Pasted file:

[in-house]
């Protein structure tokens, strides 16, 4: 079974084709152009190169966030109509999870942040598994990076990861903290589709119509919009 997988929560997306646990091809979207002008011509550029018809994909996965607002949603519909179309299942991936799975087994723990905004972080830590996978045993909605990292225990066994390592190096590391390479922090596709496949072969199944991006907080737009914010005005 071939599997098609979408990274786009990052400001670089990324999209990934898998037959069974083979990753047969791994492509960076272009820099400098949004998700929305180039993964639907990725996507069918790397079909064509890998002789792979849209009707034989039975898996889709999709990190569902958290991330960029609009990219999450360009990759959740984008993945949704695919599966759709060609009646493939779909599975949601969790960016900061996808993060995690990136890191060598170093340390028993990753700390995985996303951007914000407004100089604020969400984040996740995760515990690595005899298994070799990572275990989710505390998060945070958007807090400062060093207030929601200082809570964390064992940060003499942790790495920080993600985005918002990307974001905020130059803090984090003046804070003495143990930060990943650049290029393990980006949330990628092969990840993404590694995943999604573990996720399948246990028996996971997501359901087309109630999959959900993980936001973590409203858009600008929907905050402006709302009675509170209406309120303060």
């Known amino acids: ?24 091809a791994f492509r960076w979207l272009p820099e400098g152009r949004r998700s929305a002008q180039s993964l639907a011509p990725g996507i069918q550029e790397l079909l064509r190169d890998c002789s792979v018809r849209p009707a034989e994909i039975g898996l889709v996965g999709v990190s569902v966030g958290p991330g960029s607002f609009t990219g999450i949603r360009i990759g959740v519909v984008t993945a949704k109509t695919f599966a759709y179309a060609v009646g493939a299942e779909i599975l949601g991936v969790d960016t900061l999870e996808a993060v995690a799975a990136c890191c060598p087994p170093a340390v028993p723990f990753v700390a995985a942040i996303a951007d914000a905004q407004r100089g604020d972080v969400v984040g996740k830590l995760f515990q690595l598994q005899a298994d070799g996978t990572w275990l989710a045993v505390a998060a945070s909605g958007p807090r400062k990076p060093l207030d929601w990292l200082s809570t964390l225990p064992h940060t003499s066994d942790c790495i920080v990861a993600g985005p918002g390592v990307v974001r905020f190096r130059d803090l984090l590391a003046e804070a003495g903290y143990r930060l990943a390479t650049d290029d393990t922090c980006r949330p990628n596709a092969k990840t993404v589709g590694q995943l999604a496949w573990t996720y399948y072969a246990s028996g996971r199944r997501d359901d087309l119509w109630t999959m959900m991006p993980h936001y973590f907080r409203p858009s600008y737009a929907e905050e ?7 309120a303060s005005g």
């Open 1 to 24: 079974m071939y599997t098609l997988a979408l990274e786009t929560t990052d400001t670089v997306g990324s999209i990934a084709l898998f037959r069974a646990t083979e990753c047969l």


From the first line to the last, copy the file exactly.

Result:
[in-house]
């Protein structure tokens, strides 16, 4: 079974084709152009190169966030109509999870942040598994990076990861903290589709119509919009 997988929560997306646990091809979207002008011509550029018809994909996965607002949603519909179309299942991936799975087994723990905004972080830590996978045993909605990292225990066994390592190096590391390479922090596709496949072969199944991006907080737009914010005005 071939599997098609979408990274786009990052400001670089990324999209990934898998037959069974083979990753047969791994492509960076272009820099400098949004998700929305180039993964639907990725996507069918790397079909064509890998002789792979849209009707034989039975898996889709999709990190569902958290991330960029609009990219999450360009990759959740984008993945949704695919599966759709060609009646493939779909599975949601969790960016900061996808993060995690990136890191060598170093340390028993990753700390995985996303951007914000407004100089604020969400984040996740995760515990690595005899298994070799990572275990989710505390998060945070958007807090400062060093207030929601200082809570964390064992940060003499942790790495920080993600985005918002990307974001905020130059803090984090003046804070003495143990930060990943650049290029393990980006949330990628092969990840993404590694995943999604573990996720399948246990028996996971997501359901087309109630999959959900993980936001973590409203858009600008929907905050402006709302009675509170209406309120303060």
């Known amino acids: ?24 091809a791994f492509r960076w979207l272009p820099e400098g152009r949004r998700s929305a002008q180039s993964l639907a011509p990725g996507i069918q550029e790397l079909l064509r190169d890998c002789s792979v018809r849209p009707a034989e994909i039975g898996l889709v996965g999709v990190s569902v966030g958290p991330g960029s607002f609009t990219g999450i949603r360009i990759g959740v519909v984008t993945a949704k109509t695919f599966a759709y179309a060609v009646g493939a299942e779909i599975l949601g991936v969790d960016t900061l999870e996808a993060v995690a799975a990136c890191c060598p087994p170093a340390v028993p723990f990753v700390a995985a942040i996303a951007d914000a905004q407004r100089g604020d972080v969400v984040g996740k830590l995760f515990q690595l598994q005899a298994d070799g996978t990572w275990l989710a045993v505390a998060a945070s909605g958007p807090r400062k990076p060093l207030d929601w990292l200082s809570t964390l225990p064992h940060t003499s066994d942790c790495i920080v990861a993600g985005p918002g390592v990307v974001r905020f190096r130059d803090l984090l590391a003046e804070a003495g903290y143990r930060l990943a390479t650049d290029d393990t922090c980006r949330p990628n596709a092969k990840t993404v589709g590694q995943l999604a496949w573990t996720y399948y072969a246990s028996g996971r199944r997501d359901d087309l119509w109630t999959m959900m991006p993980h936001y973590f907080r409203p858009s600008y737009a929907e905050e ?7 309120a303060s005005g």
């Open 1 to 24: 079974m071939y599997t098609l997988a979408l990274e786009t929560t990052d400001t670089v997306g990324s999209i990934a084709l898998f037959r069974a646990t083979e990753c047969l």